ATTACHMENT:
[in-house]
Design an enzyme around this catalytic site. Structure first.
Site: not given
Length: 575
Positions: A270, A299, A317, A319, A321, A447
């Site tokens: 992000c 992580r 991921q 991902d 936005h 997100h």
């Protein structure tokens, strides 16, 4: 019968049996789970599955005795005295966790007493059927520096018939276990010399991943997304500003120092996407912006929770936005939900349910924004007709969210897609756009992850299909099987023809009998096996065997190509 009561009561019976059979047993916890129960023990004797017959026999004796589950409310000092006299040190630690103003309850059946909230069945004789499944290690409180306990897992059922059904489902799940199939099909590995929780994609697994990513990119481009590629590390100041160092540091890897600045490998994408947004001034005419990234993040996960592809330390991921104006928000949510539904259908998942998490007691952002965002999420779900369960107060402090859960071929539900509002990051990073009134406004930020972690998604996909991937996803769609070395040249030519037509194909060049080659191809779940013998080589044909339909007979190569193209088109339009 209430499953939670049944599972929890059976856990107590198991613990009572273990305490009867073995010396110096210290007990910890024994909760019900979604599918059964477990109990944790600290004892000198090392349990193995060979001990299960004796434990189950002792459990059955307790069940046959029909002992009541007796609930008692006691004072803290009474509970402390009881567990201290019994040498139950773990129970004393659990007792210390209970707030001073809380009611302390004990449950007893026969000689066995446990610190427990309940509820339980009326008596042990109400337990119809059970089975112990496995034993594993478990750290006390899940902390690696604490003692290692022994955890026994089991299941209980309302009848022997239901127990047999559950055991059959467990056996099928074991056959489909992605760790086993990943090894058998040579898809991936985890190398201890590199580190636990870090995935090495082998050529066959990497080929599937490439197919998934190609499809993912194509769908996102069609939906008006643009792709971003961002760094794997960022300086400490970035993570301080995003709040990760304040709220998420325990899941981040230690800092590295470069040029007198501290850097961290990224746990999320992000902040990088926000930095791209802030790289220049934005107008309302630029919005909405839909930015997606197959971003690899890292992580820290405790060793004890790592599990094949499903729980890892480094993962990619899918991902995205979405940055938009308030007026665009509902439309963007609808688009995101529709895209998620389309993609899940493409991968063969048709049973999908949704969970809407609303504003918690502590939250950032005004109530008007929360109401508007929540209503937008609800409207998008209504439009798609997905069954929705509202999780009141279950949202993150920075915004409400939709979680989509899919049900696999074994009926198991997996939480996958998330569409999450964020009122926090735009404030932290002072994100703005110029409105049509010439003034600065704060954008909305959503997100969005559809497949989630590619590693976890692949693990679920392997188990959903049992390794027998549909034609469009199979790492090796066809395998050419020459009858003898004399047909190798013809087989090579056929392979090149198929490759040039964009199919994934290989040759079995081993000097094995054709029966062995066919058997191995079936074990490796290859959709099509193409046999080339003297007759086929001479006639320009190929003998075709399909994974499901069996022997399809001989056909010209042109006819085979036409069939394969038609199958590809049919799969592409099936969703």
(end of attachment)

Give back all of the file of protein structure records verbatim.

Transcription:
[in-house]
Design an enzyme around this catalytic site. Structure first.
Site: not given
Length: 575
Positions: A270, A299, A317, A319, A321, A447
């Site tokens: 992000c 992580r 991921q 991902d 936005h 997100h």
């Protein structure tokens, strides 16, 4: 019968049996789970599955005795005295966790007493059927520096018939276990010399991943997304500003120092996407912006929770936005939900349910924004007709969210897609756009992850299909099987023809009998096996065997190509 009561009561019976059979047993916890129960023990004797017959026999004796589950409310000092006299040190630690103003309850059946909230069945004789499944290690409180306990897992059922059904489902799940199939099909590995929780994609697994990513990119481009590629590390100041160092540091890897600045490998994408947004001034005419990234993040996960592809330390991921104006928000949510539904259908998942998490007691952002965002999420779900369960107060402090859960071929539900509002990051990073009134406004930020972690998604996909991937996803769609070395040249030519037509194909060049080659191809779940013998080589044909339909007979190569193209088109339009 209430499953939670049944599972929890059976856990107590198991613990009572273990305490009867073995010396110096210290007990910890024994909760019900979604599918059964477990109990944790600290004892000198090392349990193995060979001990299960004796434990189950002792459990059955307790069940046959029909002992009541007796609930008692006691004072803290009474509970402390009881567990201290019994040498139950773990129970004393659990007792210390209970707030001073809380009611302390004990449950007893026969000689066995446990610190427990309940509820339980009326008596042990109400337990119809059970089975112990496995034993594993478990750290006390899940902390690696604490003692290692022994955890026994089991299941209980309302009848022997239901127990047999559950055991059959467990056996099928074991056959489909992605760790086993990943090894058998040579898809991936985890190398201890590199580190636990870090995935090495082998050529066959990497080929599937490439197919998934190609499809993912194509769908996102069609939906008006643009792709971003961002760094794997960022300086400490970035993570301080995003709040990760304040709220998420325990899941981040230690800092590295470069040029007198501290850097961290990224746990999320992000902040990088926000930095791209802030790289220049934005107008309302630029919005909405839909930015997606197959971003690899890292992580820290405790060793004890790592599990094949499903729980890892480094993962990619899918991902995205979405940055938009308030007026665009509902439309963007609808688009995101529709895209998620389309993609899940493409991968063969048709049973999908949704969970809407609303504003918690502590939250950032005004109530008007929360109401508007929540209503937008609800409207998008209504439009798609997905069954929705509202999780009141279950949202993150920075915004409400939709979680989509899919049900696999074994009926198991997996939480996958998330569409999450964020009122926090735009404030932290002072994100703005110029409105049509010439003034600065704060954008909305959503997100969005559809497949989630590619590693976890692949693990679920392997188990959903049992390794027998549909034609469009199979790492090796066809395998050419020459009858003898004399047909190798013809087989090579056929392979090149198929490759040039964009199919994934290989040759079995081993000097094995054709029966062995066919058997191995079936074990490796290859959709099509193409046999080339003297007759086929001479006639320009190929003998075709399909994974499901069996022997399809001989056909010209042109006819085979036409069939394969038609199958590809049919799969592409099936969703």